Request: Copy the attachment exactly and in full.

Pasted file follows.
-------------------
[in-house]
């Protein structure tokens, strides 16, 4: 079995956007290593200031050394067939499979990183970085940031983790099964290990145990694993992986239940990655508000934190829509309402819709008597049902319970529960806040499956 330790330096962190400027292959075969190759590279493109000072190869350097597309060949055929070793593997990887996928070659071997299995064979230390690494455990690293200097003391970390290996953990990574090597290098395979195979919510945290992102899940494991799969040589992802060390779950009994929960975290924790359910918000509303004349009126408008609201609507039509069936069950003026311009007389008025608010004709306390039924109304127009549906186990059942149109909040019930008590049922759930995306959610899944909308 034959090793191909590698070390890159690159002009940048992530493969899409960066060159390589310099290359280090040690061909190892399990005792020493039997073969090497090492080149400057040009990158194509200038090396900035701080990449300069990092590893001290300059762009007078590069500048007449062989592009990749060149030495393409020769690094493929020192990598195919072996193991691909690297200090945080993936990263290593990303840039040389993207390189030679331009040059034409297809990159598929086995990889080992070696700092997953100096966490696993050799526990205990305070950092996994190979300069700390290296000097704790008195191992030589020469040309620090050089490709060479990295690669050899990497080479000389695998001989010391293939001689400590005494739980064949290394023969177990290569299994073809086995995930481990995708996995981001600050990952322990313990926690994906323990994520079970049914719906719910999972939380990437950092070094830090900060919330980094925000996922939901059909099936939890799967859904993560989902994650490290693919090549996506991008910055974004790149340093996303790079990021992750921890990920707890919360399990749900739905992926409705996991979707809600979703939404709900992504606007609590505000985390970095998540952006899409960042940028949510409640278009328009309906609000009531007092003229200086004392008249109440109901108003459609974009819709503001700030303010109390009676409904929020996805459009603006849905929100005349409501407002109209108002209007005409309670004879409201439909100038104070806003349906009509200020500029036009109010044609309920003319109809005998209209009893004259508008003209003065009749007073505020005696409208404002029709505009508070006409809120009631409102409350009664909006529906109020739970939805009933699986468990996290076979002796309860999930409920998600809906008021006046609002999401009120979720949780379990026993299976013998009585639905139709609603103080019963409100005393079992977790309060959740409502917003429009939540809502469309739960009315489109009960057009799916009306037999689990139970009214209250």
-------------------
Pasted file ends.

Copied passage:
[in-house]
């Protein structure tokens, strides 16, 4: 079995956007290593200031050394067939499979990183970085940031983790099964290990145990694993992986239940990655508000934190829509309402819709008597049902319970529960806040499956 330790330096962190400027292959075969190759590279493109000072190869350097597309060949055929070793593997990887996928070659071997299995064979230390690494455990690293200097003391970390290996953990990574090597290098395979195979919510945290992102899940494991799969040589992802060390779950009994929960975290924790359910918000509303004349009126408008609201609507039509069936069950003026311009007389008025608010004709306390039924109304127009549906186990059942149109909040019930008590049922759930995306959610899944909308 034959090793191909590698070390890159690159002009940048992530493969899409960066060159390589310099290359280090040690061909190892399990005792020493039997073969090497090492080149400057040009990158194509200038090396900035701080990449300069990092590893001290300059762009007078590069500048007449062989592009990749060149030495393409020769690094493929020192990598195919072996193991691909690297200090945080993936990263290593990303840039040389993207390189030679331009040059034409297809990159598929086995990889080992070696700092997953100096966490696993050799526990205990305070950092996994190979300069700390290296000097704790008195191992030589020469040309620090050089490709060479990295690669050899990497080479000389695998001989010391293939001689400590005494739980064949290394023969177990290569299994073809086995995930481990995708996995981001600050990952322990313990926690994906323990994520079970049914719906719910999972939380990437950092070094830090900060919330980094925000996922939901059909099936939890799967859904993560989902994650490290693919090549996506991008910055974004790149340093996303790079990021992750921890990920707890919360399990749900739905992926409705996991979707809600979703939404709900992504606007609590505000985390970095998540952006899409960042940028949510409640278009328009309906609000009531007092003229200086004392008249109440109901108003459609974009819709503001700030303010109390009676409904929020996805459009603006849905929100005349409501407002109209108002209007005409309670004879409201439909100038104070806003349906009509200020500029036009109010044609309920003319109809005998209209009893004259508008003209003065009749007073505020005696409208404002029709505009508070006409809120009631409102409350009664909006529906109020739970939805009933699986468990996290076979002796309860999930409920998600809906008021006046609002999401009120979720949780379990026993299976013998009585639905139709609603103080019963409100005393079992977790309060959740409502917003429009939540809502469309739960009315489109009960057009799916009306037999689990139970009214209250």